Demo: Converting a Traditional Function to an Arrow Function
Demo: Taking Advantage of Function Types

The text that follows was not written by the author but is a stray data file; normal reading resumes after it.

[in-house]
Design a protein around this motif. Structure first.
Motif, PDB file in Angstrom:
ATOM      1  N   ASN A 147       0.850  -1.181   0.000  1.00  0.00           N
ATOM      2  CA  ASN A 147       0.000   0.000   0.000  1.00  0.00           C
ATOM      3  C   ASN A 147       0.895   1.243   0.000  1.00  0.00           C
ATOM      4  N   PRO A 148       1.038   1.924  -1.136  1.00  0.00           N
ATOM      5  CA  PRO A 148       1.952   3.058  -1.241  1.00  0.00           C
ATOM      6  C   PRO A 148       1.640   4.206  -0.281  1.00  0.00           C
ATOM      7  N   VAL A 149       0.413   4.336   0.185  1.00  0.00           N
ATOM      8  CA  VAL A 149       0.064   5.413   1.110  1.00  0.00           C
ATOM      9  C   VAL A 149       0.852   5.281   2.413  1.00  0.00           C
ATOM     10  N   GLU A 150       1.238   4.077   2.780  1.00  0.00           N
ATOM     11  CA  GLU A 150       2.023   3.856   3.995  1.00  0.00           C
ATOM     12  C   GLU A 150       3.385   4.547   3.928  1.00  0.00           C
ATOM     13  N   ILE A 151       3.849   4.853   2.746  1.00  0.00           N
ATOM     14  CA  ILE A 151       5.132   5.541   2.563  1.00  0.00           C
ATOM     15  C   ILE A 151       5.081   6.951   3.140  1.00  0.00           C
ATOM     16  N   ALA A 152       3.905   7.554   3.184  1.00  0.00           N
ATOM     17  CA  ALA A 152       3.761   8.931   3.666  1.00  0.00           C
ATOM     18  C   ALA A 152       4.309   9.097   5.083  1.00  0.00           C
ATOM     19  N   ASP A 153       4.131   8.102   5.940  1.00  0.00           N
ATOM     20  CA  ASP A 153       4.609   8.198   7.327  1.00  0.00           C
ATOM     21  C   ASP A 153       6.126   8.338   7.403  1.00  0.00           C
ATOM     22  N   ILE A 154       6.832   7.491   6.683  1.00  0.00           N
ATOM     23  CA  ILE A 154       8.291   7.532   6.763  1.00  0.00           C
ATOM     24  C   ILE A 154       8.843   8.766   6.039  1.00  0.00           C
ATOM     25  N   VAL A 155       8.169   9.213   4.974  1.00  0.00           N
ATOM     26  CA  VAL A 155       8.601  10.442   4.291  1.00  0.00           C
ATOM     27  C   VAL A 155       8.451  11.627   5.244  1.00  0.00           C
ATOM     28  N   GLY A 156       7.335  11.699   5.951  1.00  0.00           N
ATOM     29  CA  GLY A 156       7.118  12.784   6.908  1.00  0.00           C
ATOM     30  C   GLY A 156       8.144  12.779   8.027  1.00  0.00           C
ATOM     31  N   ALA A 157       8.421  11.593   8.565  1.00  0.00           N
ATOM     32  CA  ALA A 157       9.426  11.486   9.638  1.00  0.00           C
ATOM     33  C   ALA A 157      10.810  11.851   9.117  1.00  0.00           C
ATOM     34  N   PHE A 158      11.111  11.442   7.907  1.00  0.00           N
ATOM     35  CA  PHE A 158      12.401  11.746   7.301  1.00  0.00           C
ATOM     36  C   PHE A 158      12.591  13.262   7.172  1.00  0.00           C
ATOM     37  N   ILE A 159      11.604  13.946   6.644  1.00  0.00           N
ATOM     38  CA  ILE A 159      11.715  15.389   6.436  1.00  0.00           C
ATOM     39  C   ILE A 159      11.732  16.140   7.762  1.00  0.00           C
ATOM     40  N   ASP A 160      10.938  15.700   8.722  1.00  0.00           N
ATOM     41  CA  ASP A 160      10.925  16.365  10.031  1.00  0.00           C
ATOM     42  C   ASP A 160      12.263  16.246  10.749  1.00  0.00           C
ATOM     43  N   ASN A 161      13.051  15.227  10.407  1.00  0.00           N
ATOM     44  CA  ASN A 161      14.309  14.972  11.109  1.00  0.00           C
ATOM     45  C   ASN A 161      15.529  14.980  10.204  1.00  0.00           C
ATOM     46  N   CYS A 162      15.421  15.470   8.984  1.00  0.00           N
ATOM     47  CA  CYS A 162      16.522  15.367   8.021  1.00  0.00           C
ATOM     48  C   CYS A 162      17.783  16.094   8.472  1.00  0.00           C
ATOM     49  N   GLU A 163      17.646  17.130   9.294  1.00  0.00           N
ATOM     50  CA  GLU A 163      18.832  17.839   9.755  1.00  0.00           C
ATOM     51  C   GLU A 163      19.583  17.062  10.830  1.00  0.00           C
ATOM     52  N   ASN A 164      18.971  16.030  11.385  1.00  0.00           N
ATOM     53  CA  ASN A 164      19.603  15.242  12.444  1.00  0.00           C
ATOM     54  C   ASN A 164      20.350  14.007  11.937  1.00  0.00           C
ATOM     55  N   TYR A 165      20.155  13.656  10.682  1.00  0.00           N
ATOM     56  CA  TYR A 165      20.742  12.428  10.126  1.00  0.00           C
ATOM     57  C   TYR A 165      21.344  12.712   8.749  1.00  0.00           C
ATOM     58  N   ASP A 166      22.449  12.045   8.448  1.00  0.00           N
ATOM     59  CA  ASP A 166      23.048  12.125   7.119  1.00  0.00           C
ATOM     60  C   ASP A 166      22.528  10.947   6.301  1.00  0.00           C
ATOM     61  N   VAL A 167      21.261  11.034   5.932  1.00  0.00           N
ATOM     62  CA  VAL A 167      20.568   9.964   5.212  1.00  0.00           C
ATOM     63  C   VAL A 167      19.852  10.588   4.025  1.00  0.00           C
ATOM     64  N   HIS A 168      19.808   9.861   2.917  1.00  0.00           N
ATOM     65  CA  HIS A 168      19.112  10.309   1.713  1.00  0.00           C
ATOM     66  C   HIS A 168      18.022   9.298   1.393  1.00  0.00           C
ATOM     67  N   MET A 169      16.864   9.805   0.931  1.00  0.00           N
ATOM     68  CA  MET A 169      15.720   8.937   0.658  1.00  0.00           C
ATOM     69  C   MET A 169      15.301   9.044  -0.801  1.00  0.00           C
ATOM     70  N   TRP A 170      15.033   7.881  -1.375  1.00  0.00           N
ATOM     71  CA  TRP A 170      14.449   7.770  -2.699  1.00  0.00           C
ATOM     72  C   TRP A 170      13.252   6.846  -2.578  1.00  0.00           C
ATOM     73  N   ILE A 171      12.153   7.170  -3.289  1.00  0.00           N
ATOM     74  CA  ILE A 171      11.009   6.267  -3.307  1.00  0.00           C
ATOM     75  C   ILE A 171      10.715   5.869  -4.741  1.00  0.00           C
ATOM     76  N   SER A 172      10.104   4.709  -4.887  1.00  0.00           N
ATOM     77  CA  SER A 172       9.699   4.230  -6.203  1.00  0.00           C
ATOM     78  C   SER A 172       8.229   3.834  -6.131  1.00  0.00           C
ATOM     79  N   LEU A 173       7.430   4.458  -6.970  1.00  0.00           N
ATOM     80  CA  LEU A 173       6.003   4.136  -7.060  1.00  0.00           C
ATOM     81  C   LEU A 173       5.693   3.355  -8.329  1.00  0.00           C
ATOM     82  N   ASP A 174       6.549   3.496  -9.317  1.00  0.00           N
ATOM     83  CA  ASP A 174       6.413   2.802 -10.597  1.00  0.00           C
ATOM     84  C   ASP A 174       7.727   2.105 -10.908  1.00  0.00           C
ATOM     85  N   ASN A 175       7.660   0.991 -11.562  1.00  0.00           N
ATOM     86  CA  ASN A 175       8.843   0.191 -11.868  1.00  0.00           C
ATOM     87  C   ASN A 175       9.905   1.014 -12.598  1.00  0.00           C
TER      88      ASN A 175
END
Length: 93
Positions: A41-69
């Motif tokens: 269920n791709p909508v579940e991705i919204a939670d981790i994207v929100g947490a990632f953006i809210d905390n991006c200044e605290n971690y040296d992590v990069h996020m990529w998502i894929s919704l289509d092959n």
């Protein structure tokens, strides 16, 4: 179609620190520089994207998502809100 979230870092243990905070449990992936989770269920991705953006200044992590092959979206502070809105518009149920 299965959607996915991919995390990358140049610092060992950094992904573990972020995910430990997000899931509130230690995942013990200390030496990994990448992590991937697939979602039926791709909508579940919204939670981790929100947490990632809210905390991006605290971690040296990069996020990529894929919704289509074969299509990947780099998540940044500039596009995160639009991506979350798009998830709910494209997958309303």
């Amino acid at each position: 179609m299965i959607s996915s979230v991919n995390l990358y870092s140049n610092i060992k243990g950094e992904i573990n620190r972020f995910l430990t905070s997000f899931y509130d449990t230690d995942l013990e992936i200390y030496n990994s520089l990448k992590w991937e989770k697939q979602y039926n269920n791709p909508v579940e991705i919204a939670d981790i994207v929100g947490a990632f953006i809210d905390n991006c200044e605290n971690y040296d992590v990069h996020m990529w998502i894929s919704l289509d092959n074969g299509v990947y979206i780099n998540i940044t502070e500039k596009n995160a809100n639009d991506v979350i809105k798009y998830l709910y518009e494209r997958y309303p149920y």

In this quick demo I'll demonstrate how TypeScript functions have a type of their own and how you can take advantage of that in your code. The first thing I'm going to do is delete this call to logMessage I added in the last demo. However, I'm going to leave the function itself. I'll then write a new function named logError that takes a string parameter and uses the error function on the console object to report the error passed to the function. This new function, like all TypeScript functions, has a type of its own that's defined by the type of all of the function parameters and the function's return type. I'll hover over the function name, and a little pop-up shows me the function type. It takes a string parameter and returns void. It just so happens, that is the same type as the logMessage arrow function I wrote in the last demo. I'll hover over it, and you can see that it also takes a string parameter and returns void. What this means is that if I declare a variable to have that same function type I could assign either of these functions to that variable. Let's give it a try in the postScore function. The first thing I'm going to do is declare a new variable named logger. You can use function types as type annotations just like you use string, number or any other type. To give this variable a function type I just add a colon after the variable name as usual, and then put the expected function parameters and their types in parentheses, followed by an arrow and the expected function return type. This logger variable may now be assigned any function that takes a single string parameter and returns void. Just like the logMessage and logError functions I wrote earlier. I'll now add an if block to check the value of the score parameter. If the score passed in is less than 0, then I'm going to assign a logError function to the logger variable, since I want this condition reported as an error. Otherwise, I'll assign the logMessage function to the variable. At the end of this function I'll then use the logger variable to call whichever function got assigned to it. I'll just pass it a template string that will output the score. So that we can see an example of each condition I'm going to add one more call to postScore above in the startGame function, and pass it -5 as the score. I'll go back to my browser and refresh again. I'll quickly add a player name, and then click the Start Game button. The first call to postScore used a score value greater than 0, which caused the logMessage function to be called. You can see the result here in the console. The second call to postScore used a negative score, which caused the logError function to be called. It called the error function on the console object, which caused the output to appear as an error here in the console. This was all possible because of the fact that the logMessage and logError functions have the same function type.